In the 1990s,India went through a period of economic liberalization in which the Indian government relaxed their control over the economy, initiated for the privatization of many industries, and allowed for foreign investors to begin investing in Indian companies.
Due to this economic program, Western money began to flow into the Indian economy. As this new financial relationship between India and the Western powers grew over time, Western cultural ideology also began to be imported across borders. Most Indian citizens encountered Western ideas through popular media sources such as cinema, tv, magazines, etc.
As Heather Tyrell mentions in her article, Bollywood, India’s cinema industry, is a huge cultural force in the Indian subcontinent and holds a special place in the heart of the Indian masses. In fact, Bollywood is so popular that it prevented Hollywood from establishing itself in the Indian market. Professionals in Bollywood were delighted to see that Indian films could resist being eradicated by what was perceived as Western cultural imperialism.
However, after economic liberalization, Bollywood wanted to become a major presence in the global scene. The industry began to look for ways to become more global and modern. In India, modernity is often equated with the West. Therefore, Western ideology began to be incorporated into Bollywood films. As these new cultural messages began to reach the Indian masses, Indian moviegoers were pushed to reevaluate their traditional Indian cultural ideology.
This process is still occurring across India today. One of the areas of active cultural negotiation is in the subject of beauty. Today, in an effort to be modern, Bollywood has begin to include elements of Western beauty standards in its films. Thus, actors and actresses that have a more “Western” phenotype, such as blue/green eyes and pale skin, tend to enjoy more success in Bollywood. This practice of privileging those with fair skin exacerbates the colorism that permeates Indian society. As a result of these recent trends, one sees many Indian television ads that feature lightening creams. The facial cream Fair and Lovely can be found in almost any household.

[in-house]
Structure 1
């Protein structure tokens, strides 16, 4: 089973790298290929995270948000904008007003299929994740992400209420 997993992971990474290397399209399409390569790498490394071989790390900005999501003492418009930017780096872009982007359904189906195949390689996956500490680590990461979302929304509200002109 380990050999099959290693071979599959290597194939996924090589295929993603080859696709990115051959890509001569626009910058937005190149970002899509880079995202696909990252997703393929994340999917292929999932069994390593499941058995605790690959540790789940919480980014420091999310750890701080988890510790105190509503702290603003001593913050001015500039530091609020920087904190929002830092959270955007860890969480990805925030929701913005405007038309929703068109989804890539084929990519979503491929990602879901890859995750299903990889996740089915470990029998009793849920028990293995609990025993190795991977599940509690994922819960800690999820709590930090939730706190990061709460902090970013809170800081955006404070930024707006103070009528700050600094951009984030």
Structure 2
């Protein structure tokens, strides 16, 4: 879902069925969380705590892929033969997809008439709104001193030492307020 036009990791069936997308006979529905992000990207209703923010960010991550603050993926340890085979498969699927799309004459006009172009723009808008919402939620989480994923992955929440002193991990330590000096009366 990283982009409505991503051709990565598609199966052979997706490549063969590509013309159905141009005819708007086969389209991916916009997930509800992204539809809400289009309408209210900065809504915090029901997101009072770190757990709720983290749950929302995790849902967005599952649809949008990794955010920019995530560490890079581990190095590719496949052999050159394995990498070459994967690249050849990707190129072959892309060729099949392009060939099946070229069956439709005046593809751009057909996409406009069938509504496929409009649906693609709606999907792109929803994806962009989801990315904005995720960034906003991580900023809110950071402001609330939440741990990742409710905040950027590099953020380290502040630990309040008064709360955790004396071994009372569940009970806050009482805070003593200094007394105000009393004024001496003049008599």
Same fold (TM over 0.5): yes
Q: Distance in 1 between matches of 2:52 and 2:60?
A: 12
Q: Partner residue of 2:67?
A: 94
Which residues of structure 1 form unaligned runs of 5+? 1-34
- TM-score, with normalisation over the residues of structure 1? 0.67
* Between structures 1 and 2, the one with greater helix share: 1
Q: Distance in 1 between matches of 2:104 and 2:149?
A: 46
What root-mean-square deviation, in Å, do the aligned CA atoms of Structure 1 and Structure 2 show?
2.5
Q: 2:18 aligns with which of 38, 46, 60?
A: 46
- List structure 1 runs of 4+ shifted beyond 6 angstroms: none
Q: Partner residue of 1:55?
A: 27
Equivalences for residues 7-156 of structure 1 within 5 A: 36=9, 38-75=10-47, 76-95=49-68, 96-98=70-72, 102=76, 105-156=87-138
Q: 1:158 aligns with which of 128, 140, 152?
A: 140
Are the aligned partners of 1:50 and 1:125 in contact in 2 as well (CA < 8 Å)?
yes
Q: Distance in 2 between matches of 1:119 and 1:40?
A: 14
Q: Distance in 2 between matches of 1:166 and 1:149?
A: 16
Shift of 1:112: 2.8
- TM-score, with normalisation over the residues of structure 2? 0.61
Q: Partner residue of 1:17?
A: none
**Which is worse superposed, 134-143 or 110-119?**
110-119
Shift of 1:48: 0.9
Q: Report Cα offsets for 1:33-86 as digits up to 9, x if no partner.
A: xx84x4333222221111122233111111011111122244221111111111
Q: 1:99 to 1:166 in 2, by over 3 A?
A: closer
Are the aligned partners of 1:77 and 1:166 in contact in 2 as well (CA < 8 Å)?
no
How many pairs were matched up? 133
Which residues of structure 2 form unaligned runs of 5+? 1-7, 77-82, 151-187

Other elements of Western beauty, on the other hand, contradict traditional ideas about beauty. The West’s fascination with a slim figure, for example, opposes the Indian preference for curvier women. Bollywood actresses are also known to wear Western attire in many film sequences. However, it may be difficult for Indian woman to transition into Western wear. Many are reluctant to give up traditional garb, such as the salwar kameez, because it is an important cultural symbol in their lives. Others are afraid of the kind of sexual advances that such revealing attire may encourage from men in public.
In the end, the modern Indian woman faces a tough choice. Will she become a modern, global citizen by conforming to the new Western standards of beauty? Or will remain rooted in tradition, choosing to serve as the cultural role model and satisfying what Indian society expects of traditional Indian women? If she chooses the second option, how does she respond when peers criticize her for being backward or primitive? How will her choices affect her chances of participating in this new global world?